The crew and I stop at the plaza in downtown Ajo.
The post office is tucked in alongside the deli and various shops. I’m happily surprised when the post lady brings out not only a package from friend Geri, but also part of my Amazon order of painting supplies.
It’s a beautiful day. Finally, a day without wind!
I take some photos of the plaza and browse the shops.
Then we tool on over to NAPA at the far side of town to arrange for the PTV’s oil pressure gauge check-up. The earliest appointment we could get is for next Tuesday.
Practically across the road sits the IGA grocery. I buy a lot because I need to restock several items. I had considered driving to Casa Grande, some 90 miles one way, in order to go to Wal-Mart and my bank, and for the heck of it. Any savings, however, would be wiped out by the cost of gas and then the oil pressure situation made the trip out of the question.
On the way home I drive past our lane and go deeper into the Darby Well area.
Bridget and Spike scramble out of the PTV. We’re on a mission to find new campsites. This requires us to walk because I don’t want to take the PTV up unfamiliar trails that could have deep washes across them with no place to turn around. Plus it’s fun to hike with a purpose. The next time we come here I want to camp in a spot that’s more secluded and with a different view.
We walk up a dirt lane and find a beautiful spot not far from Cow Plop Mountain.
Its only drawback is a big hole nearby (abandoned mine? animal den?). Once the PTV is back to normal we’ll look some more. Spike and Bridget love these explorations!
I get out our little charcoal grill.
It’s difficult to do a good job with chicken on this grill as the distance of the chicken from the briquettes cannot be adjusted very much. Just the same, you get what you pay for and I’m glad I got it.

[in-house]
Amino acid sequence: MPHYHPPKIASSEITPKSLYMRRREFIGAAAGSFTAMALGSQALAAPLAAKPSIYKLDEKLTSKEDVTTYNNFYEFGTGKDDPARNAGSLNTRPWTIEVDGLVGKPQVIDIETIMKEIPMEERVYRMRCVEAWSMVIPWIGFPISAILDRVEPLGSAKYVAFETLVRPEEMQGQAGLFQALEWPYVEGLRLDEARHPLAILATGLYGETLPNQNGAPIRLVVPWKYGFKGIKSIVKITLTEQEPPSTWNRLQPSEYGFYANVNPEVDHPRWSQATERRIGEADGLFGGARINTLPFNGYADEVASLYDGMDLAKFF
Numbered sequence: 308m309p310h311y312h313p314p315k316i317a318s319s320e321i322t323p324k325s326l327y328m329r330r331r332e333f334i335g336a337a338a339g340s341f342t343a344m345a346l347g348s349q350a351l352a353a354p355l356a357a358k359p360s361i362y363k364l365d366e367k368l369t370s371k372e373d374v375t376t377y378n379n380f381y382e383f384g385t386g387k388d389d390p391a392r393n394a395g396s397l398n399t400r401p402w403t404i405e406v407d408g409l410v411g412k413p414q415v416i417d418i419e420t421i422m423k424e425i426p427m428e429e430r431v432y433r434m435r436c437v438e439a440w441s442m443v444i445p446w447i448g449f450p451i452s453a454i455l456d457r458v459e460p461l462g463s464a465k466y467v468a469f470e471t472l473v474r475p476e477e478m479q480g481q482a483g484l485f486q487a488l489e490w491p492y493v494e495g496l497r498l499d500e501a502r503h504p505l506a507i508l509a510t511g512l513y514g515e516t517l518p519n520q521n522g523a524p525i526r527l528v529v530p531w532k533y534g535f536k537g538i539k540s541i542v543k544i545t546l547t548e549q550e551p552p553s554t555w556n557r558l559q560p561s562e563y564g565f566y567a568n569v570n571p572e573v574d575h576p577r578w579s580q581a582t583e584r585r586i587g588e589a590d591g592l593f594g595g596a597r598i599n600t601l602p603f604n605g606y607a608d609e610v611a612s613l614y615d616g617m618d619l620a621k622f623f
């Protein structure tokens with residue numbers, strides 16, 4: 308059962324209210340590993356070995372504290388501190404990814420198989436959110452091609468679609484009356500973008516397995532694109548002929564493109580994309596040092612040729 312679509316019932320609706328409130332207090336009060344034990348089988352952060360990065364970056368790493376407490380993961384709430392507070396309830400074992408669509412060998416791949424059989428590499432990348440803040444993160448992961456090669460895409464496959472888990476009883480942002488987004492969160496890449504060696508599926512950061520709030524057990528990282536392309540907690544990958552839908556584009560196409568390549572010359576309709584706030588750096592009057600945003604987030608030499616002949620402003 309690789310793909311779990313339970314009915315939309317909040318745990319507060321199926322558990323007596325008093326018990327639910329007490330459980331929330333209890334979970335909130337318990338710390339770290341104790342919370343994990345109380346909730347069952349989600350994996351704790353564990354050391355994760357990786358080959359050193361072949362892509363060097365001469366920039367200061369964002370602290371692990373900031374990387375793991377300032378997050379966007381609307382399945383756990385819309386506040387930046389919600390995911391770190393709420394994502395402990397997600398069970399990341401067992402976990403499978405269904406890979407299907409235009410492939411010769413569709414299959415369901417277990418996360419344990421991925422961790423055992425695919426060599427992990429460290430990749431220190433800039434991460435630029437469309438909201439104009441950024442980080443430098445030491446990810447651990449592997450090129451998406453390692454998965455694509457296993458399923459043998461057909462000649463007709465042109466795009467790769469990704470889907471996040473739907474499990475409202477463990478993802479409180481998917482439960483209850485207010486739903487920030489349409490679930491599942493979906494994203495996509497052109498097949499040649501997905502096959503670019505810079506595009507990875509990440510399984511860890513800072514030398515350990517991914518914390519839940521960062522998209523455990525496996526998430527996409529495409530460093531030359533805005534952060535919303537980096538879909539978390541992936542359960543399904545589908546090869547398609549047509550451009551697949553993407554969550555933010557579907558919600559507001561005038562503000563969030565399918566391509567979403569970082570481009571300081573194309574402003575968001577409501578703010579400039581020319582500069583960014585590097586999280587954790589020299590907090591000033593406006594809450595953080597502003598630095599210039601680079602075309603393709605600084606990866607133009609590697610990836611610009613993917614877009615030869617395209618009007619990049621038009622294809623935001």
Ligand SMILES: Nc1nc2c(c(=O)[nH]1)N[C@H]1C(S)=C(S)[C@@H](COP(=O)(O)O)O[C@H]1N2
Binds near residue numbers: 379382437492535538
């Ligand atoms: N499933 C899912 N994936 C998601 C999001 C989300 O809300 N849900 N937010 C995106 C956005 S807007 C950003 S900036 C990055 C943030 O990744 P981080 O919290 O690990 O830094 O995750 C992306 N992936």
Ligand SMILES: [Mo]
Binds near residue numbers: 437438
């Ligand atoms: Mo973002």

The chicken legs have the skin on which gets burned, of course. Oh well, I don’t want to eat the skin anyway and underneath the meat is tender and good.
I also put on a hot dog which I love to eat burned, and the last, thankfully, two turkey burgers from a box of the frozen patties.
One “burger” is for the crew to share and the other is for me.
They really are terrible.
The crew thinks the hockey-puck burgers are wonderful and, judging from their eyes, they cannot believe I’m giving them each such a big piece.
I should have given them mine, too!
We share some chicken and I put the rest in a zip-loc for tomorrow.
After our feast and clean-up, we watch the setting sun together.
We also watch a gang of mourning doves devour all the birdseed I’ve put out. Every day more show up. We’re up to eighteen at a time. Bridget gets annoyed with them and walks around the ironwood tree, sending them off in a flurry of wings. A half-minute later they’re back. After they’ve stuffed themselves at our all-you-can-eat buffet, they finally leave.
I put out more for the sparrows who dine most daintily, shelling each seed before picking another. It’s funny how you can see human behavior mirrored in the actions of birds and animals.
Later in the evening I get in pajamas and cozy up with the crew.
I want to look at the brochures about Utah that Geri sent. I love not knowing where we will be in the coming months! I’ve learned not to set an exact itinerary, just acquaint myself with areas I want us to see, set out in that direction, and then let the journeys unfold.
Bridget and Spike are dreaming, too, fast asleep.
Bridget opens her eyes momentarily as I turn on the television. Oh boy. Here we go. The choices are how to plane a chair leg by hand (always good to know!), men trying to injure or kill themselves being daredevils (narrated in Spanish), or PBS being so. . . so . . . PBS.
I turn it off and wrap up the day the same way I started it — reading the latest comments from blog readers!
P.S. Did you hover your cursor over the photos?2/10/12 . . . $15.10 Amazon order (amount over points redeemed) 2/11/12 . . . $0 2/12/12 . . . $0 2/13/12 . . . $0 2/14/12 . . . $0 2/15/12 . . . $93.46 groceries, including $7.29 for birdseed